July 25, 2019
Luxury homeowners are a discerning bunch. They expect the highest quality performance in the home brands they buy. Not only that, but they also demand a refined level of style. And, importantly for brands and retailers, they are more than willing to pay a premium for brands that meet their heightened expectations.
After 18 years of serving brands and retailers in the home space, North Carolina-based integrated brand experience agency Mode set out to discover the home brands that live up to their promises to these luxury-leaning customers through an extensive research study.
The survey combines a marketing audit conducted by an expert panel studying the company’s branding and engagement with the perceptions of high-end consumers, including both qualitative and quantitative research methodologies.
The consumer sample included only high-income shoppers with household income of $150,000 and above. It skewed more female, as they were determined to be the primary decision makers in the home and who were most experienced with the brands involved.
The results are a comprehensive study across 16 categories of functional home products – no decorative home furnishings categories were included – measuring 138 unique brands.
“We started with brands in the kitchen and worked out from there to include functional categories, like fans and lighting, grills, smart home devices, windows and doors, and faucets and bath,” said John Pietrafesa, agency partner and creative director.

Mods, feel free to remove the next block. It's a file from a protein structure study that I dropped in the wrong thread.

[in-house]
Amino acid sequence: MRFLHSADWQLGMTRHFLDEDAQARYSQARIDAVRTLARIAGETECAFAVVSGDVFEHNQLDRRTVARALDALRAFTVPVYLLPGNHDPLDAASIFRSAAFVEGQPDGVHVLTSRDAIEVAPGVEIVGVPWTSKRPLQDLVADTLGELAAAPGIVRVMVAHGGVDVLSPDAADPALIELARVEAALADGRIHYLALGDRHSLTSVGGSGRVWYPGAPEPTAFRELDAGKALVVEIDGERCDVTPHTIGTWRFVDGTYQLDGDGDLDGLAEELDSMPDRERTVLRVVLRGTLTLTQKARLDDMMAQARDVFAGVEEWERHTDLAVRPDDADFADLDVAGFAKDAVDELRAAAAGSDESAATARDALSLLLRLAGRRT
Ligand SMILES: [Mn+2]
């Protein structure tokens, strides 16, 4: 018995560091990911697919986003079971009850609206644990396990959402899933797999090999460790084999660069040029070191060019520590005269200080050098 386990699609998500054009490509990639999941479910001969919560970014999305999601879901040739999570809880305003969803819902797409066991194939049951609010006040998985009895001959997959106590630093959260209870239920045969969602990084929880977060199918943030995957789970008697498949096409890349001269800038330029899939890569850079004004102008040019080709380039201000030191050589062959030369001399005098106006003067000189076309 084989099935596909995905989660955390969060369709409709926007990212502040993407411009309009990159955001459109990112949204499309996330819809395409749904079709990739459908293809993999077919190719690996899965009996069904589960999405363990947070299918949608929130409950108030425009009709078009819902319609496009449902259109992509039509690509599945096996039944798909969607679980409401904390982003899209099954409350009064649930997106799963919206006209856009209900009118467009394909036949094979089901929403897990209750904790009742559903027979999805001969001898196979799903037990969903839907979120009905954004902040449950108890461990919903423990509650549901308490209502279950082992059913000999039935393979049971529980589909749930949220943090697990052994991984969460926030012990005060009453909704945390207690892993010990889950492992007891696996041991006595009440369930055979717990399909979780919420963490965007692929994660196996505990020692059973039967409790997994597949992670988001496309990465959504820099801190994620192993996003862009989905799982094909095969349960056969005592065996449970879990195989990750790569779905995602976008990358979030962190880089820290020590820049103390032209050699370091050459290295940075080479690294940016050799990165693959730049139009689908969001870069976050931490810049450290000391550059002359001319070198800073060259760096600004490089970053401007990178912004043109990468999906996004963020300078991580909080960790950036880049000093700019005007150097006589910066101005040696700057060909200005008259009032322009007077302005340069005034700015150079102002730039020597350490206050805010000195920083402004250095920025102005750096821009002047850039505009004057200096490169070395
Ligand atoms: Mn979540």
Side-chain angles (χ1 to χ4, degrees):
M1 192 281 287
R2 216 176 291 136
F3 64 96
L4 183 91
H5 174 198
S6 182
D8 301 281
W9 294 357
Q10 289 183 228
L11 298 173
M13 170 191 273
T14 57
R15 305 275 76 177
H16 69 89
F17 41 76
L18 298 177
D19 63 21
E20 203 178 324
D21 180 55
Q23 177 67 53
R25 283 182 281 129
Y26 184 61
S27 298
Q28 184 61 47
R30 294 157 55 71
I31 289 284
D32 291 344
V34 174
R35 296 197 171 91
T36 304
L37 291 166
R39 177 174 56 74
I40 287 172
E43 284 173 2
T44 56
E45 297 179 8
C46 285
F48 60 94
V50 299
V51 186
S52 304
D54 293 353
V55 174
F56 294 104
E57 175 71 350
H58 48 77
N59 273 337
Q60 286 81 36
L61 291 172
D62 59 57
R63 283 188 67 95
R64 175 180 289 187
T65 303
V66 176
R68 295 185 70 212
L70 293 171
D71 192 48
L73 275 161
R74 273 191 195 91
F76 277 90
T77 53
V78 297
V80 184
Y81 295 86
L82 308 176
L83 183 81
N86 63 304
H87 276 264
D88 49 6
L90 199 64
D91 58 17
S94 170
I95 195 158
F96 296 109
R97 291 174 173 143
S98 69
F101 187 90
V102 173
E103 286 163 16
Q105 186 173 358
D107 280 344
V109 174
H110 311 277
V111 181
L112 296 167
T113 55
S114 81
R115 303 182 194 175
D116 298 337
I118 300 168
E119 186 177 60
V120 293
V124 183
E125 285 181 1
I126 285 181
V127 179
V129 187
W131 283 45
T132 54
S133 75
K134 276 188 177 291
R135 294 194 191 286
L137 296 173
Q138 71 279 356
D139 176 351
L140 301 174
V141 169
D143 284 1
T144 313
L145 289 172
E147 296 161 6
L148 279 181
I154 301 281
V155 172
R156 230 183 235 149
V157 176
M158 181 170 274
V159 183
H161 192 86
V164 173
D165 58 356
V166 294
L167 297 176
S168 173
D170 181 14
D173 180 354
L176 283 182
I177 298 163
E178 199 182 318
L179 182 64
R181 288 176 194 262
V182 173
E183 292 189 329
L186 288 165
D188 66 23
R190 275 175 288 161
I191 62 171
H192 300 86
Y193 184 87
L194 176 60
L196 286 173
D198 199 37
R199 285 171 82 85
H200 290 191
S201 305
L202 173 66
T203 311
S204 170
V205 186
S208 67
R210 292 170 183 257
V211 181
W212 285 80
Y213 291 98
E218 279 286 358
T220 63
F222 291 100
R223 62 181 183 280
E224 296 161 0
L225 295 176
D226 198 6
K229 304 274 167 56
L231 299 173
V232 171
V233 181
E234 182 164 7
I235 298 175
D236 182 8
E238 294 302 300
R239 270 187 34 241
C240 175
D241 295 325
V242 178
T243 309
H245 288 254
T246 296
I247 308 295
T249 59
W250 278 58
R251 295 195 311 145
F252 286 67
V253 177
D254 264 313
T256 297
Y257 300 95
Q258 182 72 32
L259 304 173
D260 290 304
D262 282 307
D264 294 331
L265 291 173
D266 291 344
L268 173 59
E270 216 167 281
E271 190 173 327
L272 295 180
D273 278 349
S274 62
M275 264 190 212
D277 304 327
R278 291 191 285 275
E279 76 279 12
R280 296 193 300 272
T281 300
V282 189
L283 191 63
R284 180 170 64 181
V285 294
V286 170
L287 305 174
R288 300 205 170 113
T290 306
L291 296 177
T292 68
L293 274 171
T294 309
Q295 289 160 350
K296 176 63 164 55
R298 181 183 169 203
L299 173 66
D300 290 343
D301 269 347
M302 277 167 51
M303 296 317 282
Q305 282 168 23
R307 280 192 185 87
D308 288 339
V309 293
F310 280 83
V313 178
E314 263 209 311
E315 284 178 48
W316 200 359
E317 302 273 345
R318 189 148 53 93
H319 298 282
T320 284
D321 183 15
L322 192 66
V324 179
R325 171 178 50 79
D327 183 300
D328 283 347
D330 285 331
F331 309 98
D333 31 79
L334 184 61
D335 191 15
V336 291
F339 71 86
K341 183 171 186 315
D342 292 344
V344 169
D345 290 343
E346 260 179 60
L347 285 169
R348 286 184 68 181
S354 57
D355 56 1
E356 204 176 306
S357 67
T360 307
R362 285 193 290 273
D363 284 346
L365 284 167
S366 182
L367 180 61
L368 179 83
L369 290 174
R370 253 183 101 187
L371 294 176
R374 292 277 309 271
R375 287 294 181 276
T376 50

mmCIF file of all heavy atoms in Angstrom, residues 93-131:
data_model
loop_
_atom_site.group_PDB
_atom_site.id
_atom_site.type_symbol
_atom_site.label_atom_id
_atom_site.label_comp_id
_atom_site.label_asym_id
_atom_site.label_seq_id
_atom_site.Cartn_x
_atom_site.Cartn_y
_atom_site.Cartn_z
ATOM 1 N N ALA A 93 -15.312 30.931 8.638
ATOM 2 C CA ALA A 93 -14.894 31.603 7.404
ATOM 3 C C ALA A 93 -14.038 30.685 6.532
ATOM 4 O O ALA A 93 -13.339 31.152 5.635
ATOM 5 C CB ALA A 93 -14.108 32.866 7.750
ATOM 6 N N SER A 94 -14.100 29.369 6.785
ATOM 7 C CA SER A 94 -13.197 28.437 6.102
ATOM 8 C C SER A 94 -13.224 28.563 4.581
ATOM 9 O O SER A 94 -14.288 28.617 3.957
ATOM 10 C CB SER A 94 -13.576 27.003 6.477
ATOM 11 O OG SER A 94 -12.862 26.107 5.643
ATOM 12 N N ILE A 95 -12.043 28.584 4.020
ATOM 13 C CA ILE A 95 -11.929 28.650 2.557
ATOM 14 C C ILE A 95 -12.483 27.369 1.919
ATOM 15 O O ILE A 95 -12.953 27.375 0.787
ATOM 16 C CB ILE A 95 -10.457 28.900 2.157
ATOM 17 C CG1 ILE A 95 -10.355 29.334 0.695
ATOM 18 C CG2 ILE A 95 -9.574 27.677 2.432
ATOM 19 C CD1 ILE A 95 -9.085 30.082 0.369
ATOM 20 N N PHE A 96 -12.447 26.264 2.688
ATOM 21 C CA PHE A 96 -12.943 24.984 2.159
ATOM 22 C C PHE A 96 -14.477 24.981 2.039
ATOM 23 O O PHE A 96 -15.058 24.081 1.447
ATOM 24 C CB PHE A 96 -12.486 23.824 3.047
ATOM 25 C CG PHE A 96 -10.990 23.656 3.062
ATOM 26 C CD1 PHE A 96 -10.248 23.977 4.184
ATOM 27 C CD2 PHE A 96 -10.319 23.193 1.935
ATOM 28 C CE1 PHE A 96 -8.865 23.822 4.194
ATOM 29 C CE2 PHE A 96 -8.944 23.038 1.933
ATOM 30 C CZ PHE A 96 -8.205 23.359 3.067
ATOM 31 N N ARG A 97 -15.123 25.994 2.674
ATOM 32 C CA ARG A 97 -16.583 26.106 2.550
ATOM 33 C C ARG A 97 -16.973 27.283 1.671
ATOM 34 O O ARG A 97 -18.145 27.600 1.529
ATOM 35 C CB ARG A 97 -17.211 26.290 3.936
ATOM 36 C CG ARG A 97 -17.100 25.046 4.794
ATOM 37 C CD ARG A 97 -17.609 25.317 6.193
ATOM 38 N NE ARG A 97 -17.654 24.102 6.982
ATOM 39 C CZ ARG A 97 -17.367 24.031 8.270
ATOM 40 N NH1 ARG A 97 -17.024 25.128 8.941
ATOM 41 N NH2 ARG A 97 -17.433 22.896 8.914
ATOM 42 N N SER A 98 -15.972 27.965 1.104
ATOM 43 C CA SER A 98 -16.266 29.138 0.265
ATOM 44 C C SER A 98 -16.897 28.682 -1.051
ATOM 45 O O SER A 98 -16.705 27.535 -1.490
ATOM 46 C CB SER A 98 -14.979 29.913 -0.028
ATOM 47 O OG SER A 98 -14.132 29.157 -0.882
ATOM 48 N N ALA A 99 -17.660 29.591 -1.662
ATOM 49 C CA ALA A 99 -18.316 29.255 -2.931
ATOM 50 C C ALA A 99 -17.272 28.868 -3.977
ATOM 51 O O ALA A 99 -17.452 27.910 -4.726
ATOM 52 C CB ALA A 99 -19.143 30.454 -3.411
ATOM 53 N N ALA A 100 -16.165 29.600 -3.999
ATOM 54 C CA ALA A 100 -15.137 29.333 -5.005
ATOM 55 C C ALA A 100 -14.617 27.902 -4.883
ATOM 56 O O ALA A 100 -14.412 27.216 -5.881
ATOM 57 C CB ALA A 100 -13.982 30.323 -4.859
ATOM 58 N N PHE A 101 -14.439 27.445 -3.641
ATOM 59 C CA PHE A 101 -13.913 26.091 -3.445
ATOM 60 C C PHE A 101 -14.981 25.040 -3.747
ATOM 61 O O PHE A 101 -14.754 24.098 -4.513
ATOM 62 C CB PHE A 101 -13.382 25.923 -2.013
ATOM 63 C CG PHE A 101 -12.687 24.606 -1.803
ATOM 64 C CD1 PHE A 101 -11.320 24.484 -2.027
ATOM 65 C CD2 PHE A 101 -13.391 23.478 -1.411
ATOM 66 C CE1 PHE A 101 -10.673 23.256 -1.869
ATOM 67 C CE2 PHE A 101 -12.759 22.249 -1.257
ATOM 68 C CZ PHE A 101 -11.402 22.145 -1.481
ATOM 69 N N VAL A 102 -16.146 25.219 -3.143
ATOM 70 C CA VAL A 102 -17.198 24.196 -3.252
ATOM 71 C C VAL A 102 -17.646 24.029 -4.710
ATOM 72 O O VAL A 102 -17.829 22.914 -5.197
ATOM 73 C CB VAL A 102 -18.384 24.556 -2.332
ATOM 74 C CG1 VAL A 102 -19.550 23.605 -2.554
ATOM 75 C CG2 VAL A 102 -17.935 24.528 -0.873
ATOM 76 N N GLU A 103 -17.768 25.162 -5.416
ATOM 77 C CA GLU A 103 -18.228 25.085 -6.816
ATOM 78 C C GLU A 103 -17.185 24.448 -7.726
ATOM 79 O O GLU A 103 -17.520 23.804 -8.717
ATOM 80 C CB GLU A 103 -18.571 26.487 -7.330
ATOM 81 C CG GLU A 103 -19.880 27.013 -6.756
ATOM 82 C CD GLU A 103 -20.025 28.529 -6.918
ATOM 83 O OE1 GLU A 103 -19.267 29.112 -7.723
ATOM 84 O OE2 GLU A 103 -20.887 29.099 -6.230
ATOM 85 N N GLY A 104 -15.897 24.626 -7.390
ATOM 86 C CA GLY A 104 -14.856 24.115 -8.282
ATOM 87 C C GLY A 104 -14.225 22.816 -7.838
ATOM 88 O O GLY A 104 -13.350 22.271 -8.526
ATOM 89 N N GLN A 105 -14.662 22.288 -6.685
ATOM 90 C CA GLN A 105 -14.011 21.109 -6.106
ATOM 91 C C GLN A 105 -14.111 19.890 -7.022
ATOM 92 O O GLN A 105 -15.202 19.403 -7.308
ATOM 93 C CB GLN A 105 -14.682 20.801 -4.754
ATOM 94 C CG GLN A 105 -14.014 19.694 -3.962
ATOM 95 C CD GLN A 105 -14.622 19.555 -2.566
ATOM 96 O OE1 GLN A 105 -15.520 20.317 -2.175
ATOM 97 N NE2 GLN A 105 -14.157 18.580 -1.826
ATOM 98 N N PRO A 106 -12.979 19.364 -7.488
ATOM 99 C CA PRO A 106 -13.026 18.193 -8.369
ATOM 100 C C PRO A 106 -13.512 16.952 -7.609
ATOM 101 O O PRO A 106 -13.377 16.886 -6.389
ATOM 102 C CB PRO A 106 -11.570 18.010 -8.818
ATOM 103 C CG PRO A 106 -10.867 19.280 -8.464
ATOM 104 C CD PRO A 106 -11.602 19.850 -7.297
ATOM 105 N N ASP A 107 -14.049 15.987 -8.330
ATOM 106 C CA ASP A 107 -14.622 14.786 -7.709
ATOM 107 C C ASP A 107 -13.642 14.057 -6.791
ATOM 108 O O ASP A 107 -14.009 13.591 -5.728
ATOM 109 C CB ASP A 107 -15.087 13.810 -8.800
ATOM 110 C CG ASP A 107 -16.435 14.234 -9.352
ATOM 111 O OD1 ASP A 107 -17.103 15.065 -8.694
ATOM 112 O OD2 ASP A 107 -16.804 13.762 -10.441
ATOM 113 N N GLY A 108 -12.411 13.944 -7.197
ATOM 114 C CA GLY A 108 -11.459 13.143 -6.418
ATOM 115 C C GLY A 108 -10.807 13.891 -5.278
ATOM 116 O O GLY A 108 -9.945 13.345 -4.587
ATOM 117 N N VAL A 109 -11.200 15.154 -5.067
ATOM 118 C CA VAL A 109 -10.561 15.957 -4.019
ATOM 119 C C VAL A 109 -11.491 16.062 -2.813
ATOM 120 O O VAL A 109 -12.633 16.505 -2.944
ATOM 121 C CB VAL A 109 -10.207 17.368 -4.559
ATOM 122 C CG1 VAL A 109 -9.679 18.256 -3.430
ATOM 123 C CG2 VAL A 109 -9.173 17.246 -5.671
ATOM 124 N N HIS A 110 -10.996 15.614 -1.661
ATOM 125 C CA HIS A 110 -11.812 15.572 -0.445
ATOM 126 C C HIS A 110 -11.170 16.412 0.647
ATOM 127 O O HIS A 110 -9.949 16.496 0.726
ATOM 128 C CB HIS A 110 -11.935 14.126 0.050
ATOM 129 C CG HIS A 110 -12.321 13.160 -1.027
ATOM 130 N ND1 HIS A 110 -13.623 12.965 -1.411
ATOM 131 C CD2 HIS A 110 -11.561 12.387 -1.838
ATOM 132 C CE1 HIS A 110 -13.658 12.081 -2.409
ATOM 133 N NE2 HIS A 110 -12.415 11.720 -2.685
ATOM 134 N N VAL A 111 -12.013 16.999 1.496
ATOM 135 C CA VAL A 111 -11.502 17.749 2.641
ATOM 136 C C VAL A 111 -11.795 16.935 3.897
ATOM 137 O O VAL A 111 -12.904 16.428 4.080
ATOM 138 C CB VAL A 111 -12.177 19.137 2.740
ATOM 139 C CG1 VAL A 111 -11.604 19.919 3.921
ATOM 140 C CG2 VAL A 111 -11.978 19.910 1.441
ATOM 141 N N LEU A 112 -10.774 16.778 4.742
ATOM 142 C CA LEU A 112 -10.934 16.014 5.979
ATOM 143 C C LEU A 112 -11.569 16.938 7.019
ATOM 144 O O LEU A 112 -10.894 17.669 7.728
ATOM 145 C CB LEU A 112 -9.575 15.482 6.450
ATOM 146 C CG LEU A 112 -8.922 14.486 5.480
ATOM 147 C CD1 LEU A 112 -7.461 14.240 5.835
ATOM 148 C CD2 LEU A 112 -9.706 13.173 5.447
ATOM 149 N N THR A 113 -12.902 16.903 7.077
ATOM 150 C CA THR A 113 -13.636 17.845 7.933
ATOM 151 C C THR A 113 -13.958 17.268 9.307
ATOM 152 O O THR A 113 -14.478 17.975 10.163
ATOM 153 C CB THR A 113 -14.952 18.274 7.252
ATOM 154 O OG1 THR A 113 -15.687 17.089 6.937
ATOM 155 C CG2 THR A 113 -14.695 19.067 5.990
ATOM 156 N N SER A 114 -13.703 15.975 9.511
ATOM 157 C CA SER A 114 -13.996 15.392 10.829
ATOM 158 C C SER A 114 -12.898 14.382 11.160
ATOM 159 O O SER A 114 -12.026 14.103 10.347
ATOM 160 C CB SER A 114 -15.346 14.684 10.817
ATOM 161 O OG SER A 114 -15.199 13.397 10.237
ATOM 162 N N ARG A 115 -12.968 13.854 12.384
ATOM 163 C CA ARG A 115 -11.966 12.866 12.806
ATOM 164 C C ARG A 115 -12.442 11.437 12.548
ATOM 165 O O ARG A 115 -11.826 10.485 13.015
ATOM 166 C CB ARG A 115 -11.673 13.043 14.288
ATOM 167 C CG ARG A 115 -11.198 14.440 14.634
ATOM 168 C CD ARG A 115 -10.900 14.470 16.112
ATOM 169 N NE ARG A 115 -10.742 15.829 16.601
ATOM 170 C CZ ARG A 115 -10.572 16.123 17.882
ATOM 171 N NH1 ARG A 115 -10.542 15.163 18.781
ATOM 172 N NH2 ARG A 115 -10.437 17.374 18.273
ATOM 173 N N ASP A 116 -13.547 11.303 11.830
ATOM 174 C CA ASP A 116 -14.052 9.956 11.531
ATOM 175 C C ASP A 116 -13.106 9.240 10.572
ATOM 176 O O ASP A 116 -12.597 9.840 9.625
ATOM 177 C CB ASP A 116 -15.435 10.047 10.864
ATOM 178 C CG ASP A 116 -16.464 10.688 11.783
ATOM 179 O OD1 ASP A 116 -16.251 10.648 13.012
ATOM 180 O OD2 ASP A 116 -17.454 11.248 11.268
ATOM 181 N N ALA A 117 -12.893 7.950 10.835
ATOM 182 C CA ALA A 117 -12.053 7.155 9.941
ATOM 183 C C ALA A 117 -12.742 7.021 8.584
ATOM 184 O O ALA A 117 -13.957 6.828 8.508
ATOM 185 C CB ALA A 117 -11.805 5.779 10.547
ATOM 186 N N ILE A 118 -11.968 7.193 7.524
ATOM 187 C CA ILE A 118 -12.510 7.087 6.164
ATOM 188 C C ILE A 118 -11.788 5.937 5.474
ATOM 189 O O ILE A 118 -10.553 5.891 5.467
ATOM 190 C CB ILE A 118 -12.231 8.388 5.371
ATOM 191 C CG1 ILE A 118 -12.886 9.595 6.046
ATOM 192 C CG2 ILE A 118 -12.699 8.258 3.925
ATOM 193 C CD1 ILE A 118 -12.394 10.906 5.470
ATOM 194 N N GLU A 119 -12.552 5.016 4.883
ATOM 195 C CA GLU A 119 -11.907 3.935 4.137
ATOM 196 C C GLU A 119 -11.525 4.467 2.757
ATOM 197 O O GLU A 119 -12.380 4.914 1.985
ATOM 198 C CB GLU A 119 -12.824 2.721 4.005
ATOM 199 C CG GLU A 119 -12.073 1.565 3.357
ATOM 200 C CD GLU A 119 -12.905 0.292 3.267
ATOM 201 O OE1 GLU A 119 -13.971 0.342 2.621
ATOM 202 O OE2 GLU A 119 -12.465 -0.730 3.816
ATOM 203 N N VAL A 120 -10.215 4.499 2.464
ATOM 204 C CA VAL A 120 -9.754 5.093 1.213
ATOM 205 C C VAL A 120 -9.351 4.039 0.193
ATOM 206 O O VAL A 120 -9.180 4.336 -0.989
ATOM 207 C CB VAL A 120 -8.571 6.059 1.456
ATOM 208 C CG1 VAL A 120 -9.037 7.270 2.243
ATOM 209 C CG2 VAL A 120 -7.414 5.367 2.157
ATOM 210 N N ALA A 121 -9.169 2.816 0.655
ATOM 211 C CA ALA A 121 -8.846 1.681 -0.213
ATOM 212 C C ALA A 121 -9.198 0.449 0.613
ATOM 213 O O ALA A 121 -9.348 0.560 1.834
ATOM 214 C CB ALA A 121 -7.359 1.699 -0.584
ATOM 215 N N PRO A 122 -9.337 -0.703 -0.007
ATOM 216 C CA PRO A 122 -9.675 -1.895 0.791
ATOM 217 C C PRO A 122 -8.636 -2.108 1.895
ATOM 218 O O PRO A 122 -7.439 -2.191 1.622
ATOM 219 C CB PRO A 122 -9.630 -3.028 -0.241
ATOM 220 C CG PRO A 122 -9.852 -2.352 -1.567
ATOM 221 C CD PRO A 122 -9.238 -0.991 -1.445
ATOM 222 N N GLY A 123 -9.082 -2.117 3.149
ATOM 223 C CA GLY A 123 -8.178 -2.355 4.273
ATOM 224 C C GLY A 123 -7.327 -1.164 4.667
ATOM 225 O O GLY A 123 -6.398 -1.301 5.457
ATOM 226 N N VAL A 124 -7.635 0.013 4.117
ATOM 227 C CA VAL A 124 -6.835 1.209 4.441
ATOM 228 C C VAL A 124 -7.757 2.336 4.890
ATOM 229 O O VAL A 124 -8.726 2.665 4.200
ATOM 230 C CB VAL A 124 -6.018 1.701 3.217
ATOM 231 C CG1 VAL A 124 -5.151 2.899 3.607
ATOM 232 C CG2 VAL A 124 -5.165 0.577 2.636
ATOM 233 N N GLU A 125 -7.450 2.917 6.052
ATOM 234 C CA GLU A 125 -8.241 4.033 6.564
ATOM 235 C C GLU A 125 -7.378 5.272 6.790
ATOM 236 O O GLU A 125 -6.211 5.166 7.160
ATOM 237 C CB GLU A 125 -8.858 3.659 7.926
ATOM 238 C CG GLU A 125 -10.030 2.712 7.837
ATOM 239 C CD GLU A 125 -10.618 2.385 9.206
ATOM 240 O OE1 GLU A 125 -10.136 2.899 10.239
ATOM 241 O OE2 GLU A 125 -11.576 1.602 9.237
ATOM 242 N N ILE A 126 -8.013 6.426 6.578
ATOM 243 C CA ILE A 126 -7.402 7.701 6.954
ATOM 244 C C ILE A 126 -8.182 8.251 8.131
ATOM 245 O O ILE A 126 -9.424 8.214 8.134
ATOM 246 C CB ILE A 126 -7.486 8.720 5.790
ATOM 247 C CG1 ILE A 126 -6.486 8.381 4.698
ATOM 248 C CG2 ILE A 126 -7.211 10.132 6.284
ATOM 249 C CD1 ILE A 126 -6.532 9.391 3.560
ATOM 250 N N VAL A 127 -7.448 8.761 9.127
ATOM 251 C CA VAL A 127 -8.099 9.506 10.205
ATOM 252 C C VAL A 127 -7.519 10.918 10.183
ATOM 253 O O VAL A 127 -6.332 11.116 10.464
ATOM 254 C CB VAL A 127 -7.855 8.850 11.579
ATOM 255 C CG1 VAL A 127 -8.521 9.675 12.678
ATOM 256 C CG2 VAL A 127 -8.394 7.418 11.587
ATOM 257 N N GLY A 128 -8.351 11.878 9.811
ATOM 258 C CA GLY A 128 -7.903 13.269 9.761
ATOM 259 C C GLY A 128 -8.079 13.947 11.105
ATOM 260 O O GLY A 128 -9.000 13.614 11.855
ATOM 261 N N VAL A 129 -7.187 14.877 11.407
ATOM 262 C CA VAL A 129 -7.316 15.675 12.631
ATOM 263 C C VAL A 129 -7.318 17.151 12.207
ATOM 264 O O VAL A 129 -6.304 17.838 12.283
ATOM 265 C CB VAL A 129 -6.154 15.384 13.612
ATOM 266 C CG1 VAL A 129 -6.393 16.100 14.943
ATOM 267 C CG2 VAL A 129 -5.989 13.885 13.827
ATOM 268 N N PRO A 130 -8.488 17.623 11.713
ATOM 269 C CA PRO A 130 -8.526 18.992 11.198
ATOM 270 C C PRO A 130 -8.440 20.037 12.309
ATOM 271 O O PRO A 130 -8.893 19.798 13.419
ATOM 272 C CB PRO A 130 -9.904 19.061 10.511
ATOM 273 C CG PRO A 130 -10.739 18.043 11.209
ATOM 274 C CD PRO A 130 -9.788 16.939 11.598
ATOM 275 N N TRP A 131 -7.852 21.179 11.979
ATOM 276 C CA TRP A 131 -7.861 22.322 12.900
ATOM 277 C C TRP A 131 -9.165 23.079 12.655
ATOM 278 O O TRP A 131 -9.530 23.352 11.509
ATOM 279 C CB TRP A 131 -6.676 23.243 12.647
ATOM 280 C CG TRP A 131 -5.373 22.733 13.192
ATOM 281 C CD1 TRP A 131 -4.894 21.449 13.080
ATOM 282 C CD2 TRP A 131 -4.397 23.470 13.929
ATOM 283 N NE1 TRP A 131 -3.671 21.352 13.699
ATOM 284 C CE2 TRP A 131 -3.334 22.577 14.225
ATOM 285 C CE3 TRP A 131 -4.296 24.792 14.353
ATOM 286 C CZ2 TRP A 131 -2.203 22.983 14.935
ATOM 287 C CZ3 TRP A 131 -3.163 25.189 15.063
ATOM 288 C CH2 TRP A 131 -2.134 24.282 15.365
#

“We set out to measure what was measurable,” he said.
Data played a key role.
“The results are more than 4,500 data points, which we combined and compressed into an index that levels the playing field across these many brands,” said Tyler Hawes, Mode partner and digital director.
The brands were evaluated in four key areas, including brand systems (communications, image and positioning); physical extensions (retail presence, availability at retail, packaging); digital ecosystems (customer experience on Web site and social channels); and campaigns and content (how effectively the content and messaging supports premium positioning).
As a result, this study measures how effectively these brands are marketing and communicating with the potential high-spending customers.
“In the retail environment today, the customer journey has become so fragmented and the ecosystem so complicated, brands need to realize that this customer may be looking at a brand they never heard of before in a retail store,” Mr. Pietrafesa said.
“But before picking it up, they are going to look at their phones or go online when they get home to learn more about it,” he said. “As a result, that connectivity and brand messaging has never been so important.”
Best-known luxury brands may not be living up to their promises
The biggest surprise found across the study is that the most well-known premium brands are often not the ones that rise to the top of their category. These brands may be resting on their laurels and counting on their legacy to pull them through to the market.
“One of the most interesting things we saw is that many of the most widely known and beloved brands are not executing well in different aspects of the brand experience,” Mr. Pietrafesa said.
“There are a lot of upstart, challenger brands that are doing a better job communicating with this customer,” he said.
Take the major home appliance category, where 18 brands were evaluated.